Calendar

Mar
29
Wed
Political Cartoons, Masculinity, and Women’s Activism in Colorado, 1900-1925 @ Golden History Museum
Mar 29 @ 6:00 pm – 7:30 pm

Can political cartoons fight corruption? Masculinity and women’s activism in 20th century Colorado.

In-person event on Wednesday, March 29.

Register on eventbrite or purchase tickets in-person at the museum.

Early 20th century Colorado witnessed some divisive battles over political life and economic conditions. After men voted to enfranchise Colorado women in 1893, the state offered exciting opportunities for women activists to promote reform. Yet party machines limited their influence. In this presentation, Laugen explores the visual representations of gender and politics created by Denver Post cartoonist Wilbur Steele. These editorial cartoons highlight the emotional and gendered style of Progressive reformers and their partisan adversaries. We explore whether political cartoons can fight corruption and promote democratic change in public life.

About Todd Laugen

A faculty member at Metropolitan State University of Denver since 2005, Todd Laugen teaches American History and supports K-12 History Education. His published work includes: The Gospel of Progressivism: Moral Reform and Labor War in Colorado, 1900-1930 and Colorado History Detectives: Teaching Historical Literacy to School-Aged Readers, which is available online.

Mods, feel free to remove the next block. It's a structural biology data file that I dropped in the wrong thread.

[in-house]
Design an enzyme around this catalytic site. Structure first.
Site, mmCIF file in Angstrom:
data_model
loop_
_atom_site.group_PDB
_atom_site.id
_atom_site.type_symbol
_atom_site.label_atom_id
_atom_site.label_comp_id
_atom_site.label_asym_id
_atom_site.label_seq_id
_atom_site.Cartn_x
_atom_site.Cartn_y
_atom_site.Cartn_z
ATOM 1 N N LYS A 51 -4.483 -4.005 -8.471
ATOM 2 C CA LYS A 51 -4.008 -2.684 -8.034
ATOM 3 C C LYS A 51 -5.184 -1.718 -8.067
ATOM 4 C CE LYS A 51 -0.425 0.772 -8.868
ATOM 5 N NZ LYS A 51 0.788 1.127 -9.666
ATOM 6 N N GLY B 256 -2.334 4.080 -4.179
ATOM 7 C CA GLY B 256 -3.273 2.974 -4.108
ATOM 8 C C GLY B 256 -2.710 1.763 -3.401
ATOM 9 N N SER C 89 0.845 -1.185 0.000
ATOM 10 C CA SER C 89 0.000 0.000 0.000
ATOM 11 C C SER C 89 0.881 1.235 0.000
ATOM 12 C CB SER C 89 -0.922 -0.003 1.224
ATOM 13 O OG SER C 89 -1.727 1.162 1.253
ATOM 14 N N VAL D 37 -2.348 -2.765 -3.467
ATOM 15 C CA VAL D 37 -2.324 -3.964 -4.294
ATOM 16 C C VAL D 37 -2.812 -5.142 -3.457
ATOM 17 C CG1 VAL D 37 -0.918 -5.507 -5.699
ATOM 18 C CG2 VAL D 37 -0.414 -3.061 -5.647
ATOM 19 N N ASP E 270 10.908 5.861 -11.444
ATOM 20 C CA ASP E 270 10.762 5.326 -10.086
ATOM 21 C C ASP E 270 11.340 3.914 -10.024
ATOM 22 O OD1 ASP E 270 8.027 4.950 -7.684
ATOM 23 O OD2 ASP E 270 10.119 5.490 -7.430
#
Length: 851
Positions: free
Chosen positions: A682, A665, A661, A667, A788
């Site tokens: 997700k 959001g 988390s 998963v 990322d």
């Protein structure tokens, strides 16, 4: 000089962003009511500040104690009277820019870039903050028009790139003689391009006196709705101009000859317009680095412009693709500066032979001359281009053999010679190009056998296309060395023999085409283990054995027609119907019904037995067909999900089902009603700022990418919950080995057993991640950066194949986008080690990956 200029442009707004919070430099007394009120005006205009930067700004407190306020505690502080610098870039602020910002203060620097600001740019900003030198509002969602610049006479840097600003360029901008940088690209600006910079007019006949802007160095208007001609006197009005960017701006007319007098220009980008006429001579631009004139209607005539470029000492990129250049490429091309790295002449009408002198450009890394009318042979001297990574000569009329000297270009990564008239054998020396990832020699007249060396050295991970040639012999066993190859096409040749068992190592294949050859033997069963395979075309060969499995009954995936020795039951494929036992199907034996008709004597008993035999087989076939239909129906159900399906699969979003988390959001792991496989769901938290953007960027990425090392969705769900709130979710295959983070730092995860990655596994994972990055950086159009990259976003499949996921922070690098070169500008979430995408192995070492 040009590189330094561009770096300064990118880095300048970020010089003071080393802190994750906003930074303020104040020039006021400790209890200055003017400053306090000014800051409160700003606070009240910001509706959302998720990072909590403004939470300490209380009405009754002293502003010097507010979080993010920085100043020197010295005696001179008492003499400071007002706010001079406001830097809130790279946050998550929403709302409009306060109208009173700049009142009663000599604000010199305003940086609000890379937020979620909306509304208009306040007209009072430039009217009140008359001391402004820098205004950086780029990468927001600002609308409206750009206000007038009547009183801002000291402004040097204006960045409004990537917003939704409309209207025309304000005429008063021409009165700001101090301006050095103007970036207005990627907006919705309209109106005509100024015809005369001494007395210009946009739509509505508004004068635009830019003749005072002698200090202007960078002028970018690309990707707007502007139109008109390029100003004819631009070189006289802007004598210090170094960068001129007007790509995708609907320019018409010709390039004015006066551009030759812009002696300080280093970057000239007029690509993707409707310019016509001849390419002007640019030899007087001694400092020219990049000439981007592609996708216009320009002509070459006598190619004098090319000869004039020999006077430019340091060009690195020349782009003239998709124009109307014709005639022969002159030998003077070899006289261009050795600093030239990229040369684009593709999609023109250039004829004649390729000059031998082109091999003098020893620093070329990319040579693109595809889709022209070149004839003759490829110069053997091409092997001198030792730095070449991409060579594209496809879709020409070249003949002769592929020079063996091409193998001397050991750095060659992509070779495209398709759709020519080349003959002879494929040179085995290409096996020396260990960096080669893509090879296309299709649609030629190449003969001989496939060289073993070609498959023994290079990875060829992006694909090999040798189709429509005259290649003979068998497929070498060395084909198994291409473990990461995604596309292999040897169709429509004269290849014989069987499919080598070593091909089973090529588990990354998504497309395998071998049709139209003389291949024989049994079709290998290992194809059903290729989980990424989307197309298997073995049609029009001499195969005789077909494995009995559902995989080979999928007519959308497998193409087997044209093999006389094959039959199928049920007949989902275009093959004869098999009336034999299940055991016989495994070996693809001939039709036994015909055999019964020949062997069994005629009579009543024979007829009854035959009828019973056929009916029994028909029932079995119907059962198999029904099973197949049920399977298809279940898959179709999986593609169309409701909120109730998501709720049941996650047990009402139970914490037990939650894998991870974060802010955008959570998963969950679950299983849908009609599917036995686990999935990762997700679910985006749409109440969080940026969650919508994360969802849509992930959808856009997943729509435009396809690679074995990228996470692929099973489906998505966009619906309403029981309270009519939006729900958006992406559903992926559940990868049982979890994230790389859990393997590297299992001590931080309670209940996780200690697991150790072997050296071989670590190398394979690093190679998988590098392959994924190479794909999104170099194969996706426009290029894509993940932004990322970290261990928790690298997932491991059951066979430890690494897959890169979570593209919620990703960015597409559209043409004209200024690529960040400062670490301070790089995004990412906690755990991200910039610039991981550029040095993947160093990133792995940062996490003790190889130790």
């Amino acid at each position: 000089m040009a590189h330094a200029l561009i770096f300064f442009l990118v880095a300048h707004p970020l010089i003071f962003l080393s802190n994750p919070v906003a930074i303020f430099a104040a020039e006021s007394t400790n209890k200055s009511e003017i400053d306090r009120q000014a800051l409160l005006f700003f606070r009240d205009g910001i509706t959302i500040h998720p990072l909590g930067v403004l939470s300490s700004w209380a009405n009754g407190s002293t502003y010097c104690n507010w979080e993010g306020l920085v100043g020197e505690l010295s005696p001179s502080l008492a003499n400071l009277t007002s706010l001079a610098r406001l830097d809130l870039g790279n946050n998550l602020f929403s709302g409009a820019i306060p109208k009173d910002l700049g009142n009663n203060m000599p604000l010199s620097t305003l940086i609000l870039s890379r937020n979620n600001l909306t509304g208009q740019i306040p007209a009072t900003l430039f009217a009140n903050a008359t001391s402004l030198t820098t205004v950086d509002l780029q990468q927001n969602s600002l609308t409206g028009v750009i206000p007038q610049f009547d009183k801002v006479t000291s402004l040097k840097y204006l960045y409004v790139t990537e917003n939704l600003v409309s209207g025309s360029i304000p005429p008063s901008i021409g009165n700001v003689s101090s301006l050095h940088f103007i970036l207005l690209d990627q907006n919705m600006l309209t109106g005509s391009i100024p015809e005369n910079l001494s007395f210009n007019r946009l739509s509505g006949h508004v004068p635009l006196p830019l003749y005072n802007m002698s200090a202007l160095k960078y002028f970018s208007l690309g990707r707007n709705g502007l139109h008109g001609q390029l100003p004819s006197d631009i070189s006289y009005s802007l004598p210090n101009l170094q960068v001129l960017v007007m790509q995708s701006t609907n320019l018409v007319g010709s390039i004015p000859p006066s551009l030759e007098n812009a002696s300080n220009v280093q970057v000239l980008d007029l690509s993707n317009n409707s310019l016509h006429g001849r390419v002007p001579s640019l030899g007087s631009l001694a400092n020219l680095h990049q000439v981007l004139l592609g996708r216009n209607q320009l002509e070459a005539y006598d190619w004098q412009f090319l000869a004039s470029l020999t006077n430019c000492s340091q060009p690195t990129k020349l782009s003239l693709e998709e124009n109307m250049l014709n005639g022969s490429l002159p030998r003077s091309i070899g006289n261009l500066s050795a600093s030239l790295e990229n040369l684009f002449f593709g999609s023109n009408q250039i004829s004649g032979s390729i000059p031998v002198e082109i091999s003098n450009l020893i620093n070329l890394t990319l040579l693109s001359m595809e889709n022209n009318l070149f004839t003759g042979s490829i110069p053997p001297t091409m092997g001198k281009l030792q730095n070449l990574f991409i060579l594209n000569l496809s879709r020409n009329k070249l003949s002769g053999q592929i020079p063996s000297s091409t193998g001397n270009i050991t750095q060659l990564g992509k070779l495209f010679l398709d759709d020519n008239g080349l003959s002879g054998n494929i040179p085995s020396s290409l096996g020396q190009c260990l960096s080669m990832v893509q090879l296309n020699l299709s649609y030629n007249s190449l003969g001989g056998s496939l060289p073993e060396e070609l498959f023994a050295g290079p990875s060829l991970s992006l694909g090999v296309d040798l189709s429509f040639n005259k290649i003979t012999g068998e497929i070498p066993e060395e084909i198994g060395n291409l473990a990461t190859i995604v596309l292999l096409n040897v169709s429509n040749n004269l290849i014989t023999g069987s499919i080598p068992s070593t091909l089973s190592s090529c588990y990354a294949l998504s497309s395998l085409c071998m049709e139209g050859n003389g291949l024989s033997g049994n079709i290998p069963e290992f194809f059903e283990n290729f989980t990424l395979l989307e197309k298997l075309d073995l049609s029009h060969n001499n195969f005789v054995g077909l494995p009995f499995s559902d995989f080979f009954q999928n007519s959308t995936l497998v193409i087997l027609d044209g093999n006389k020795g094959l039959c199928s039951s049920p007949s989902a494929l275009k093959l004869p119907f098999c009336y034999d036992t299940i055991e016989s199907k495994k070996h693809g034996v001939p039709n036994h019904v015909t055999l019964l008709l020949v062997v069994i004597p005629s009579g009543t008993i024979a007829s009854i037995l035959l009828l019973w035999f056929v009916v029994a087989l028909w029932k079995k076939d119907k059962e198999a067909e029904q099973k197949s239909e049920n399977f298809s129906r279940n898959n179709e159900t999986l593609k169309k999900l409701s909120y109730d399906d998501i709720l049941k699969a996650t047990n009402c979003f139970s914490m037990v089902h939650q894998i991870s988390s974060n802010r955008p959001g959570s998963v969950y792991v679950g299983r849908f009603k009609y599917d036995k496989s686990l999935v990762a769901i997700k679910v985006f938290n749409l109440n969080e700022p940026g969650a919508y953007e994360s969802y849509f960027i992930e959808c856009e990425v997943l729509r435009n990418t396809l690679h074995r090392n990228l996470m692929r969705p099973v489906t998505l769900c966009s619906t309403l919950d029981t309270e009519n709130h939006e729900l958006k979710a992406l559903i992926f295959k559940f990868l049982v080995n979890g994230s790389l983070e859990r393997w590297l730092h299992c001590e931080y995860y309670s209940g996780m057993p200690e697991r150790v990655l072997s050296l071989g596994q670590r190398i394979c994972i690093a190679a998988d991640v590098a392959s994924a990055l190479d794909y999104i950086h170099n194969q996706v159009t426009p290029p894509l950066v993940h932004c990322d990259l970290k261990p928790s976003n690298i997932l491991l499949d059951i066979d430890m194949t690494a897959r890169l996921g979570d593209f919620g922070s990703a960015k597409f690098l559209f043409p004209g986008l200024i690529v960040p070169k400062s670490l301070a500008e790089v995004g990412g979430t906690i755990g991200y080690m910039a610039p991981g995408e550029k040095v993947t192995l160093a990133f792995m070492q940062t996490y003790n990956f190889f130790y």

Pricing

Free for museum members, $10 non-members

Membership

Membership pays for itself with just a few programs for your family. Join us.

More Golden history

Check out the Golden History Museum & Park blog for the latest behind the scenes videos and stories, personal memoirs, and history tidbits about Golden.

Aug
9
Wed
History, Legacy, and Policymaking in Territorial Colorado, 1861-1876 @ Golden History Museum
Aug 9 @ 6:00 pm – 7:30 pm

History, Legacy, and Policymaking in Territorial Colorado, 1861-1876

Register on eventbrite or purchase tickets in-person at the museum.

policymakingThis presentation discusses policymaking, political obstacles, cultural conflicts, and institutional racism experienced by Hispano legislators in the wake of the legal establishment of the Territory of Colorado in 1861. These Hispano territorial legislators are introduced as a forgotten piece of Colorado’s early history. The new territorial laws put in place had effects on the lives of the 7,000 Hispano settlers from New Mexico Territory, who were displaced into the newly formed Colorado Territory.  

About Virginia Sanchez

Virginia Sanchez is a historian, author, and independent scholar living in Denver. She has deep roots going back 16 generations in northern New Mexico as her ancestors settled there in 1598 with explorer Juan de Oñate. Her research about early Hispano and Indio history in southern Colorado appears in several published books and articles.



Pricing

Free for museum members, $10 non-members

Membership

Membership pays for itself with just a few programs for your family. Join us.

More Golden history

Check out the Golden History Museum & Park blog for the latest behind the scenes videos and stories, personal memoirs, and history tidbits about Golden.